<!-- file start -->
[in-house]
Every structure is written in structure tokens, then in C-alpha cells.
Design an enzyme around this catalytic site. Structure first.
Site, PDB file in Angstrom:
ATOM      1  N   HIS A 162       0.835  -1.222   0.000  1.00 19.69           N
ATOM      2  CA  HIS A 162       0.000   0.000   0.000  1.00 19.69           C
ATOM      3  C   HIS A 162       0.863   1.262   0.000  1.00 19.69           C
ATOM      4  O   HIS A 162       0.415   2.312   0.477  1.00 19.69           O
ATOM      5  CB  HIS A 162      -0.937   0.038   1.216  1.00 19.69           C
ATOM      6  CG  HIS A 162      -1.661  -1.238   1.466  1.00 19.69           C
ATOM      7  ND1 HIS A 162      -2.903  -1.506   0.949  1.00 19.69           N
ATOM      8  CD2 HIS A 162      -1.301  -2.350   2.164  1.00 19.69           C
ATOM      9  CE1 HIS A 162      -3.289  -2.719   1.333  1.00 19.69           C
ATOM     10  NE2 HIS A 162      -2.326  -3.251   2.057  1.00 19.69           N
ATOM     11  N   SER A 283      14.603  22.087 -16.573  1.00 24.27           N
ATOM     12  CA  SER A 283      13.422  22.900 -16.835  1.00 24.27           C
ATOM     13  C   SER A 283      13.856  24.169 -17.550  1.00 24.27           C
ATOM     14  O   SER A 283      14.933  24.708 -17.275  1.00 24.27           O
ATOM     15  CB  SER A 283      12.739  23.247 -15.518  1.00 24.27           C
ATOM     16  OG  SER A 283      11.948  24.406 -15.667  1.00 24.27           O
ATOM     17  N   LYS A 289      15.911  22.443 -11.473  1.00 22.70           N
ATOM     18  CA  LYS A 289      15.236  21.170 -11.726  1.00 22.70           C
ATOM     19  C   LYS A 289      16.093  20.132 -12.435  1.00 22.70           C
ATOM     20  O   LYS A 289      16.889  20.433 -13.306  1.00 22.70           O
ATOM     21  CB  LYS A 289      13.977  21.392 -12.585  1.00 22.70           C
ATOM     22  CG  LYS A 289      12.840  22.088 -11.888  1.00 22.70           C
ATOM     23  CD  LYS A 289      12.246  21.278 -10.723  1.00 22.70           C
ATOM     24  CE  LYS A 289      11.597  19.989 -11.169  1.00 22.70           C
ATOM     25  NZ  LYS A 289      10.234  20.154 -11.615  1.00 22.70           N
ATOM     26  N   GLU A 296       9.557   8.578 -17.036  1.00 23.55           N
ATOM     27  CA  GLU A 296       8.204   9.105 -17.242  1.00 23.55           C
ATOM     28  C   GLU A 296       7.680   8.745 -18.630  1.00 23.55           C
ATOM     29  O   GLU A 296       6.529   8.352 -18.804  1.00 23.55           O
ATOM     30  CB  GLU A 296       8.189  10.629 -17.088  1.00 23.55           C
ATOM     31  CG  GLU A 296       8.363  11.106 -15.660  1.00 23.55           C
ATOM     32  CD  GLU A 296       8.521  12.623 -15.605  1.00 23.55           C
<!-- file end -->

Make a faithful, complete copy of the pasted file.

[in-house]
Every structure is written in structure tokens, then in C-alpha cells.
Design an enzyme around this catalytic site. Structure first.
Site, PDB file in Angstrom:
ATOM      1  N   HIS A 162       0.835  -1.222   0.000  1.00 19.69           N
ATOM      2  CA  HIS A 162       0.000   0.000   0.000  1.00 19.69           C
ATOM      3  C   HIS A 162       0.863   1.262   0.000  1.00 19.69           C
ATOM      4  O   HIS A 162       0.415   2.312   0.477  1.00 19.69           O
ATOM      5  CB  HIS A 162      -0.937   0.038   1.216  1.00 19.69           C
ATOM      6  CG  HIS A 162      -1.661  -1.238   1.466  1.00 19.69           C
ATOM      7  ND1 HIS A 162      -2.903  -1.506   0.949  1.00 19.69           N
ATOM      8  CD2 HIS A 162      -1.301  -2.350   2.164  1.00 19.69           C
ATOM      9  CE1 HIS A 162      -3.289  -2.719   1.333  1.00 19.69           C
ATOM     10  NE2 HIS A 162      -2.326  -3.251   2.057  1.00 19.69           N
ATOM     11  N   SER A 283      14.603  22.087 -16.573  1.00 24.27           N
ATOM     12  CA  SER A 283      13.422  22.900 -16.835  1.00 24.27           C
ATOM     13  C   SER A 283      13.856  24.169 -17.550  1.00 24.27           C
ATOM     14  O   SER A 283      14.933  24.708 -17.275  1.00 24.27           O
ATOM     15  CB  SER A 283      12.739  23.247 -15.518  1.00 24.27           C
ATOM     16  OG  SER A 283      11.948  24.406 -15.667  1.00 24.27           O
ATOM     17  N   LYS A 289      15.911  22.443 -11.473  1.00 22.70           N
ATOM     18  CA  LYS A 289      15.236  21.170 -11.726  1.00 22.70           C
ATOM     19  C   LYS A 289      16.093  20.132 -12.435  1.00 22.70           C
ATOM     20  O   LYS A 289      16.889  20.433 -13.306  1.00 22.70           O
ATOM     21  CB  LYS A 289      13.977  21.392 -12.585  1.00 22.70           C
ATOM     22  CG  LYS A 289      12.840  22.088 -11.888  1.00 22.70           C
ATOM     23  CD  LYS A 289      12.246  21.278 -10.723  1.00 22.70           C
ATOM     24  CE  LYS A 289      11.597  19.989 -11.169  1.00 22.70           C
ATOM     25  NZ  LYS A 289      10.234  20.154 -11.615  1.00 22.70           N
ATOM     26  N   GLU A 296       9.557   8.578 -17.036  1.00 23.55           N
ATOM     27  CA  GLU A 296       8.204   9.105 -17.242  1.00 23.55           C
ATOM     28  C   GLU A 296       7.680   8.745 -18.630  1.00 23.55           C
ATOM     29  O   GLU A 296       6.529   8.352 -18.804  1.00 23.55           O
ATOM     30  CB  GLU A 296       8.189  10.629 -17.088  1.00 23.55           C
ATOM     31  CG  GLU A 296       8.363  11.106 -15.660  1.00 23.55           C
ATOM     32  CD  GLU A 296       8.521  12.623 -15.605  1.00 23.55           C